America stresses exports to Chinese chip giant SMIC
America stresses exports to Chinese chip giant SMIC

The US concluded that equipment supplied for military use posed an "unacceptable risk," and thus the US limited exports to SMIC, the largest chip maker in China.

Reuters saw that a letter from the US Commerce Department on Friday indicated that suppliers of certain devices must now apply to Semiconductor Manufacturing International for individual export licenses.

According to three people familiar with the matter, the latest move since earlier this year was a change in US policy when the US Commerce Department notified applicants seeking to sell "Military End User Licenses" to SMIC. These licenses were not required.

SMIC said it has not received any official notification of the restrictions and has nothing to do with the Chinese military. "SMIC confirmed that it manufactures semiconductors and provides services only to civilian, commercial and consumer customers," she added. "The company has nothing to do with the Chinese military and does not manufacture military end-users," she added.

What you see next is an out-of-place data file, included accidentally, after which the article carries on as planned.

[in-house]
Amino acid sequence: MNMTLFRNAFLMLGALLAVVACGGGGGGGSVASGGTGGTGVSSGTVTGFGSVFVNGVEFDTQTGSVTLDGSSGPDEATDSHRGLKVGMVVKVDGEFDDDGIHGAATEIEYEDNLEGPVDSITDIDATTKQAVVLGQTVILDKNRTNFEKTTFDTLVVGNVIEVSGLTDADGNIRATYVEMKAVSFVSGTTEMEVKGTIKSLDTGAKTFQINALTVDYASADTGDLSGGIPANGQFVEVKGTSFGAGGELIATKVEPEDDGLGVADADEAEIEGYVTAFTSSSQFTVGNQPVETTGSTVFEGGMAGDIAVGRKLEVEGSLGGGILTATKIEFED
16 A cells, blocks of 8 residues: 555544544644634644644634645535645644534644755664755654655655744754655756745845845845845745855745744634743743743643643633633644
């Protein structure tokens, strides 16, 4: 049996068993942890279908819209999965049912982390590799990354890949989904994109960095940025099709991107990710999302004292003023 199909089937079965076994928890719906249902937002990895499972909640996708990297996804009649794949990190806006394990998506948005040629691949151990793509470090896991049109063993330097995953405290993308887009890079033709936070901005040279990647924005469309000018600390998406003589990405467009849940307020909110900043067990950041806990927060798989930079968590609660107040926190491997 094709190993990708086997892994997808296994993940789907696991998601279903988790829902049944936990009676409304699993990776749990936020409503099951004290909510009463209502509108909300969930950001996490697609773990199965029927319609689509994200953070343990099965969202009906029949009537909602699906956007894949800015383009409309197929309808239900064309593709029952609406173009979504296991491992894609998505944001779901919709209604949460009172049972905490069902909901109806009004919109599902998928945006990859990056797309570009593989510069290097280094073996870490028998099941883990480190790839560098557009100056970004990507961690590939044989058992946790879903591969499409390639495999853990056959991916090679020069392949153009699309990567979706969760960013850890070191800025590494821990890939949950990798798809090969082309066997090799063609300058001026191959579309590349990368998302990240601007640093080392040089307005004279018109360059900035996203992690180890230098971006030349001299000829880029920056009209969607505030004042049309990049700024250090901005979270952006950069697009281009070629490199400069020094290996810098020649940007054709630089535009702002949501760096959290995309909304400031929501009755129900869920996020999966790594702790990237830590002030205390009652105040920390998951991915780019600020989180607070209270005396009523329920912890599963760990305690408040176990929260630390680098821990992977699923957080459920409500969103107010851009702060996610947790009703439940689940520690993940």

SMIC is the latest major Chinese tech company to face US trade restrictions related to US national security or foreign policy concerns. Huawei's access denied by adding advanced chips to the Ministry of Commerce entities list.

It should be noted that SMIC's new classification is not as strong as the blacklist, which makes it difficult to obtain an export license.

The US Department of Defense said earlier this month: It is working with other agencies to determine whether SMIC is blacklisted for its alleged relationship with the Chinese military.

US companies that provide chip manufacturing equipment, including Lam Research, KLA Corp, and Applied Materials, may request a license to ship certain products at minimum wages.

The Commerce Department's Bureau of Industry and Security declined to comment specifically on the SMIC cases on Saturday, but said it would "continue to monitor and assess potential threats to US national security and interests." Foreign Policy ".

The United States government is paying increasing attention to Chinese companies supporting the Chinese military. Last month, the United States blacklisted 24 Chinese companies and audiences believed to be part of construction and military operations in the South China Sea in its first sanctions against Beijing over the controversial strategic waterway. .

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